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This category is designed for users to locate top UK based plastic manufacturers and plastic moulding companies to produce their components. All companies have ISO9001 and are selected by PlastikCity based on reputation, financial stability and utilising modern, efficient equipment.
There are six main categories of plastic manufacturing, each utilised according to a number of factors. Below is a summary of each process. If you remain unsure as to which process is suitable to manufacture your product just email us on email@example.com with your requirements and we will be pleased to advise.
A manufacturing process for producing parts by injecting material into a mould. Plastic material for the part is fed into a heated barrel, mixed, and forced into a mould cavity, where it cools and hardens to the configuration of the cavity. After a product is designed, usually by an industrial designer moulds are made by a mouldmaker (or toolmaker) from metal, usually either steel or aluminium, and machined to form the features of the desired part. IM is widely used for manufacturing a variety of parts, from the smallest components to entire car body panels. Parts to be injection moulded must be very carefully designed to facilitate the process; the material used for the part, the desired shape and features of the part, the material of the mould, and the properties of the machine must all be taken into account. The versatility of IM is facilitated by this breadth of design considerations and possibilities.
Plastic extrusion is a high volume process where material is melted and 'extruded' continuously through a tool (die) that forms a particular design of plastic profile or sheet in a continuous length. The product is then cut to the required length.
Process by which hollow plastic parts are manufactured. The process begins with melting down the plastic and forming it into a parison. The parison is a tube-like piece of plastic with a hole in one end through which compressed air can pass. The parison is then clamped into a mould and air is blown into it. The air pressure then pushes the plastic out to match the mould. Once the plastic has cooled and hardened the mould opens up and the part is ejected.
In essence, liquid or powdered plastic is poured into the gap between an inner and outer form, which is then heated then rotated /spun/inverted so that the plastic spreads evenly prior to cooling and setting. This is a slow process, but allows large hollow components with thick wall sections to be produced.
Thermoforming is the primary process of heating thermoplastic sheet to a temperature where the sheet reaches a pliable/ malleable state. Heating is normally done by convection however some thermoforming machines use quartz heaters for a greater focus of heat. Once the plastic sheet reaches elasticity the sheet is then draped or moulded over a male or female form.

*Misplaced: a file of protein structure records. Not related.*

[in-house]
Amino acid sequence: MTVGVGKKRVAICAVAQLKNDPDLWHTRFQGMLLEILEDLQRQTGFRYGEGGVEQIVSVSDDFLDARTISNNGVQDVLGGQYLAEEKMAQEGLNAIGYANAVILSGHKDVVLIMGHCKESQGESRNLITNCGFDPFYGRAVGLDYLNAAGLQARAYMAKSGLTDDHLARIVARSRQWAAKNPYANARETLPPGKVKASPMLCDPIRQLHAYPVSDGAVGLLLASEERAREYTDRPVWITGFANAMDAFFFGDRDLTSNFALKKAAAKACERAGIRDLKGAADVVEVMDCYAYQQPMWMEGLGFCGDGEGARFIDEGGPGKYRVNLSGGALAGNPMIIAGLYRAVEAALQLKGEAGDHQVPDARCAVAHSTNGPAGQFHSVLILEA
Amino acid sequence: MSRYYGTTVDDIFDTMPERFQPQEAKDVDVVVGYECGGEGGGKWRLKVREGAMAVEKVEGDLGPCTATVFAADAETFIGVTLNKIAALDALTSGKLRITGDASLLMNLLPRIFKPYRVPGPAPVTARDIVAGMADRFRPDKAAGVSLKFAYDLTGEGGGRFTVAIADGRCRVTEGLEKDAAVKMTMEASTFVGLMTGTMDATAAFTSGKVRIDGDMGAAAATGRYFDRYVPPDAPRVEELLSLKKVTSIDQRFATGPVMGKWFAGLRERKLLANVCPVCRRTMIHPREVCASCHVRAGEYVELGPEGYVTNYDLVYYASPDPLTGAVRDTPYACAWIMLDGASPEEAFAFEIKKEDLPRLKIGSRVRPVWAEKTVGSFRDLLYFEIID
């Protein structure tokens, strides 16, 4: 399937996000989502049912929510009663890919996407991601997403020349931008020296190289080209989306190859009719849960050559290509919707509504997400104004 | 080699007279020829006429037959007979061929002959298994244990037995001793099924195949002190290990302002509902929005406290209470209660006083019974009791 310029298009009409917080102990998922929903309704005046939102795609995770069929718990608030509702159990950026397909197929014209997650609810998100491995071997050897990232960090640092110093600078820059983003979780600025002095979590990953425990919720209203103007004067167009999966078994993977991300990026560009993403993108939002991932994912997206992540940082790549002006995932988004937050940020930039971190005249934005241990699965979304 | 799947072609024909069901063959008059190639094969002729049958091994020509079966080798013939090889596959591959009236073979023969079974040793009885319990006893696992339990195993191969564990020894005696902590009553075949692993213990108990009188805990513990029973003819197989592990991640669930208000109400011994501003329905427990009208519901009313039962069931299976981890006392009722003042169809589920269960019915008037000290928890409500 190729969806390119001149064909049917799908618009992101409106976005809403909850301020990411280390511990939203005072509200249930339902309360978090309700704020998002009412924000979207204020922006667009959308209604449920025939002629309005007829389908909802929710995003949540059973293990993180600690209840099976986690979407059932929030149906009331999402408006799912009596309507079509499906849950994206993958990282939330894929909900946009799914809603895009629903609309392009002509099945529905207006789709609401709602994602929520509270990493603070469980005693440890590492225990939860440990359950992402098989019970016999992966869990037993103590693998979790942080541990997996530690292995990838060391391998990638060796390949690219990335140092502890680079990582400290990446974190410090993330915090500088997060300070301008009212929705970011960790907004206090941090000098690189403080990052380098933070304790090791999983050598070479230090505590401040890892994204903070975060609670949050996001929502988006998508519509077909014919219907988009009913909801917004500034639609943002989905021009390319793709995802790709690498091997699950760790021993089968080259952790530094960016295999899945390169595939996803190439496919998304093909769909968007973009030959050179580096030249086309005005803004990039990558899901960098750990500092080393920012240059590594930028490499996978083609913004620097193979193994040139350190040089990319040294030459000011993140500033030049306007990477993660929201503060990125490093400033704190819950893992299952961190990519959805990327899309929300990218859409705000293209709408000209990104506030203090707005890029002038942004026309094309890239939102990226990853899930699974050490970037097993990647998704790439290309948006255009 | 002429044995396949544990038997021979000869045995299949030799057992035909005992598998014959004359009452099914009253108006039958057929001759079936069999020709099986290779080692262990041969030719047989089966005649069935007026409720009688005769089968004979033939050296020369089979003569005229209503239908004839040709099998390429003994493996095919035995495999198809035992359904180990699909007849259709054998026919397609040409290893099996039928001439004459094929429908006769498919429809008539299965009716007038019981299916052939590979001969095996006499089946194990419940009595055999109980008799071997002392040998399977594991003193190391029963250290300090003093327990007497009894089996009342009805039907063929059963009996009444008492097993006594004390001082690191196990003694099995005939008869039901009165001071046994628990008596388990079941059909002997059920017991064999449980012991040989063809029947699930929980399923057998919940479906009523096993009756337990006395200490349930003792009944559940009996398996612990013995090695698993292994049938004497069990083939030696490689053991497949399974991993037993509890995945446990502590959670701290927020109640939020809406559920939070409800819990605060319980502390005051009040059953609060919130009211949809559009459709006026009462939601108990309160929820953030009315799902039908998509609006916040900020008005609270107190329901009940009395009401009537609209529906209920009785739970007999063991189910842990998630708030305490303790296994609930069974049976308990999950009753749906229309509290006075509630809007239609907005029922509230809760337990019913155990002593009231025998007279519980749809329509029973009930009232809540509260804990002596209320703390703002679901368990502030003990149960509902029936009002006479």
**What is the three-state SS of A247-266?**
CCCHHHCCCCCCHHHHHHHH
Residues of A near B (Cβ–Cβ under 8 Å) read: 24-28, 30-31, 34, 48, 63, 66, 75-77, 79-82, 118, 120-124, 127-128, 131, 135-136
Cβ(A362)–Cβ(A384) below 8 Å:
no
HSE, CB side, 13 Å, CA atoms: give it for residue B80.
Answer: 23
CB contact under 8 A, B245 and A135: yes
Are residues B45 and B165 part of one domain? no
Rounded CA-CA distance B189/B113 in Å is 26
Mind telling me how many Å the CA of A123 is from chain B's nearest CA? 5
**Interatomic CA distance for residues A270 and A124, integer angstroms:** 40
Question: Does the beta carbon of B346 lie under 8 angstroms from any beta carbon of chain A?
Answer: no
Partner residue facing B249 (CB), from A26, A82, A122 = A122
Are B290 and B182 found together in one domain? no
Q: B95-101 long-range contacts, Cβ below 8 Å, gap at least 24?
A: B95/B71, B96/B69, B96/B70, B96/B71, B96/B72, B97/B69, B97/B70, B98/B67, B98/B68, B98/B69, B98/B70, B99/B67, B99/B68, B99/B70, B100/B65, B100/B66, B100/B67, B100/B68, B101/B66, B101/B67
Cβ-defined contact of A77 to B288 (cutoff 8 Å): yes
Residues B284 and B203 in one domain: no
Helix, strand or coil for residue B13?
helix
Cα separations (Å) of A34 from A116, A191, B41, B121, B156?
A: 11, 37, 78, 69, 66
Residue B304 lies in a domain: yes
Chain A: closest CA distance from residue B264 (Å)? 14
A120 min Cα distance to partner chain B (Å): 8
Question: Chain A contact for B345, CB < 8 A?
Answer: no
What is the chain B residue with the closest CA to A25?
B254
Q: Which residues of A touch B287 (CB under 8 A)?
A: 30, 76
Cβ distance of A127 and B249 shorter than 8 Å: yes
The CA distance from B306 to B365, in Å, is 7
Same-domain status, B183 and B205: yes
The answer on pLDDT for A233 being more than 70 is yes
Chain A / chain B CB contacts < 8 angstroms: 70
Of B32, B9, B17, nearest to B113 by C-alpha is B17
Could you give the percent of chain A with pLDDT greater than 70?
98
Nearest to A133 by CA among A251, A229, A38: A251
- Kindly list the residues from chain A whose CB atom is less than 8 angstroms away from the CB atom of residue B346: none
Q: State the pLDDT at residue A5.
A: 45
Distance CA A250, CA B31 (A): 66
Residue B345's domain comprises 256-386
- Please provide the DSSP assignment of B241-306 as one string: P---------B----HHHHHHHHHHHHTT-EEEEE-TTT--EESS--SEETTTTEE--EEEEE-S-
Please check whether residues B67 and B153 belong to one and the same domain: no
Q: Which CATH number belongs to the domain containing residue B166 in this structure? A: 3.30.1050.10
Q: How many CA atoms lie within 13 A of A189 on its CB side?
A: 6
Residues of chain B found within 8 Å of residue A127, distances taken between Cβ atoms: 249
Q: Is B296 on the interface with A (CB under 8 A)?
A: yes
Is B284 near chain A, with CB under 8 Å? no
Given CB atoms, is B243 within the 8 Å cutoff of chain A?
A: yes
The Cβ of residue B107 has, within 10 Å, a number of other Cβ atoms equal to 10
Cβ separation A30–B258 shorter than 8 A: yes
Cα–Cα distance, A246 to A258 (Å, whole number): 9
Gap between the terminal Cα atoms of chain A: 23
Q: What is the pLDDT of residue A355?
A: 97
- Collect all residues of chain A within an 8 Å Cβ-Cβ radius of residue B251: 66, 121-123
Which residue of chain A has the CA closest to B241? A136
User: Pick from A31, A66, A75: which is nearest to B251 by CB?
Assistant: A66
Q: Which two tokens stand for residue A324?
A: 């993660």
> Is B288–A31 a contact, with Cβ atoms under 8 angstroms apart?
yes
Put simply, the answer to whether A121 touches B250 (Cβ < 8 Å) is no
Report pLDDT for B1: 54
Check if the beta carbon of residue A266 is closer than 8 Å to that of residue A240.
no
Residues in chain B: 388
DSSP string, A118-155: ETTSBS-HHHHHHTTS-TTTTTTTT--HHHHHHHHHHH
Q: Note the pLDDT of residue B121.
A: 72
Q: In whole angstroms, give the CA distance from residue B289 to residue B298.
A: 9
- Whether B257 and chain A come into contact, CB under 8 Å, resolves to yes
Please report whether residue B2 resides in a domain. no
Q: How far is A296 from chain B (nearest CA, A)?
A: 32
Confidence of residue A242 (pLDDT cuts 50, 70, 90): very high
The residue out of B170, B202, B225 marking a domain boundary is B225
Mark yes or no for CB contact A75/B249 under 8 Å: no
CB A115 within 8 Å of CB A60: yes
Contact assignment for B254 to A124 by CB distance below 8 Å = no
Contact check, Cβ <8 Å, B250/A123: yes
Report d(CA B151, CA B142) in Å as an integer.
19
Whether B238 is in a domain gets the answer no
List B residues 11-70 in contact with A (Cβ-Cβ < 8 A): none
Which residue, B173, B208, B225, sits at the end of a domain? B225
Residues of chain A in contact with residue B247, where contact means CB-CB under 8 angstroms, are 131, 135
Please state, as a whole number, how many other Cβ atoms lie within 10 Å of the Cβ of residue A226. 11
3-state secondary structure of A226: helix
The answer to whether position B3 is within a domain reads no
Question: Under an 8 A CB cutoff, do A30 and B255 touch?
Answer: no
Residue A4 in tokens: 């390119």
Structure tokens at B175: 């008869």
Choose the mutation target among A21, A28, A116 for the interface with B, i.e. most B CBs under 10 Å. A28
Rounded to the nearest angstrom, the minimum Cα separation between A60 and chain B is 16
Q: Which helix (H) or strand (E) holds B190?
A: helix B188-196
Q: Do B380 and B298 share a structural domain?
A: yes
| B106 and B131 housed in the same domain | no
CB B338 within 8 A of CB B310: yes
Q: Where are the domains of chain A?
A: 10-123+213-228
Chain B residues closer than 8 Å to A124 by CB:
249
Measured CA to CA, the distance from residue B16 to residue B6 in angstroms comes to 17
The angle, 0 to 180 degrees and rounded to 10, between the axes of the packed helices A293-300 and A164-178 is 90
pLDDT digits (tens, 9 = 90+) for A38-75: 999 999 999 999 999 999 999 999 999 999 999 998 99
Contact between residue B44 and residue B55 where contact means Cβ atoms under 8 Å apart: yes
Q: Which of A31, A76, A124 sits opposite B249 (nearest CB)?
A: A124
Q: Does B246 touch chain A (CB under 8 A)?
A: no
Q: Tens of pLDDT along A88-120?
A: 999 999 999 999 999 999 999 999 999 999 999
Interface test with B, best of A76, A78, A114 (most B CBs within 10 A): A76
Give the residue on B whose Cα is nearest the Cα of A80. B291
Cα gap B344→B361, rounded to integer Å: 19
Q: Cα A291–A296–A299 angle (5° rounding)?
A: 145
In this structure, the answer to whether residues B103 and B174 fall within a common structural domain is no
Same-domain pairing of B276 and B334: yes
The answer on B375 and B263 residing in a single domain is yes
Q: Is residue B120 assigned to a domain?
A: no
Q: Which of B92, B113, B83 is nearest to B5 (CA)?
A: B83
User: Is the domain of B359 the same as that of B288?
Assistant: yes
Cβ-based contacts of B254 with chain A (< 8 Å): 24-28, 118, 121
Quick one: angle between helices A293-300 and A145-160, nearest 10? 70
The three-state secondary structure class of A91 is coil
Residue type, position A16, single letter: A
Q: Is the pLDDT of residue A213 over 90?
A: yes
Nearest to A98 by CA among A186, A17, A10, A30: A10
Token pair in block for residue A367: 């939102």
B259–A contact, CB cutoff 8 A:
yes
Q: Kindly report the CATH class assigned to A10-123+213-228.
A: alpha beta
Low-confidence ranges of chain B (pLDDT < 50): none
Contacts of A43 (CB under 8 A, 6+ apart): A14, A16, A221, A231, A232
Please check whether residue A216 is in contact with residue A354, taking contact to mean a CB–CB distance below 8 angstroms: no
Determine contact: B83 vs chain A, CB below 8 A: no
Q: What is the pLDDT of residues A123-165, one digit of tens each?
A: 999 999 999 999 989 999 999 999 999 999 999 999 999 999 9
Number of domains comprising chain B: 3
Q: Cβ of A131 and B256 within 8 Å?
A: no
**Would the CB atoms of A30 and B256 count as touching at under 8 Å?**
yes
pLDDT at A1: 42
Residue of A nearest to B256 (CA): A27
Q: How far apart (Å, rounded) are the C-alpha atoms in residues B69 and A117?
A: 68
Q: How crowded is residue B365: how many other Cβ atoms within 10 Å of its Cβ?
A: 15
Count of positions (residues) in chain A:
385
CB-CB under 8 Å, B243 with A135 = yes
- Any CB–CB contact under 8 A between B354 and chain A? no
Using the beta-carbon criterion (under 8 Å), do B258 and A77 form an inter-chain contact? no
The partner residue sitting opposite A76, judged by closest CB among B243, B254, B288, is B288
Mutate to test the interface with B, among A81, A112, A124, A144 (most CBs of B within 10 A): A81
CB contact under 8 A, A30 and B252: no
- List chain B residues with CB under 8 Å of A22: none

Thermoforming is a process often used in packaging and cup manufacturing applications. In most cases the products have a thinner gauge wall section (film) and the process is often associated with more automated production lines.
Vacuum forming is a secondary process after thermoforming. The air between the male/female form and the malleable sheet is purposefully removed by vacuum. This process provides greater material displacement and results in finer detail. Vacuum forming is widely used to manufacture large surface area components where low to medium volume parts are required. Vacuum forming is a competitive alternative to other processes such as injection moulding where part dimensions are greater than 500mm x 500mm. Lower tooling and engineering costs make the process ideal for lower volume production runs. Typical batch sizes range from l00’s to 10,000 plus.
Sometimes it is not practical to mould components, for example, volumes are uneconomical, the ‘form’ is complex, wall sections are very thick, or components are very large. In these instances, machining components from solid plastic, or fabricating a solution by combining a number of individual items can be the best option.
Machining engineering grades of plastic using CNC lathes, milling equipment, routers, laser cutters etc. can rapidly produce complex components with difficult to ‘mould’ features such as internal threads.
Large and heavy items can be manufactured by invisibly bonding components such as laser cut acrylic or perspex sheet.
Example Products: display units, tanks and very low volume parts.
PlastikCity has partners that offer very specific applications that may be more suitable to your requirements. These include:
If your products apply to any of the above, please select the hyperlink to navigate direct to the section. After reading the processes that may be applicable to your product and you remain unsure just email us on firstname.lastname@example.org with your requirements and we will be pleased to advise.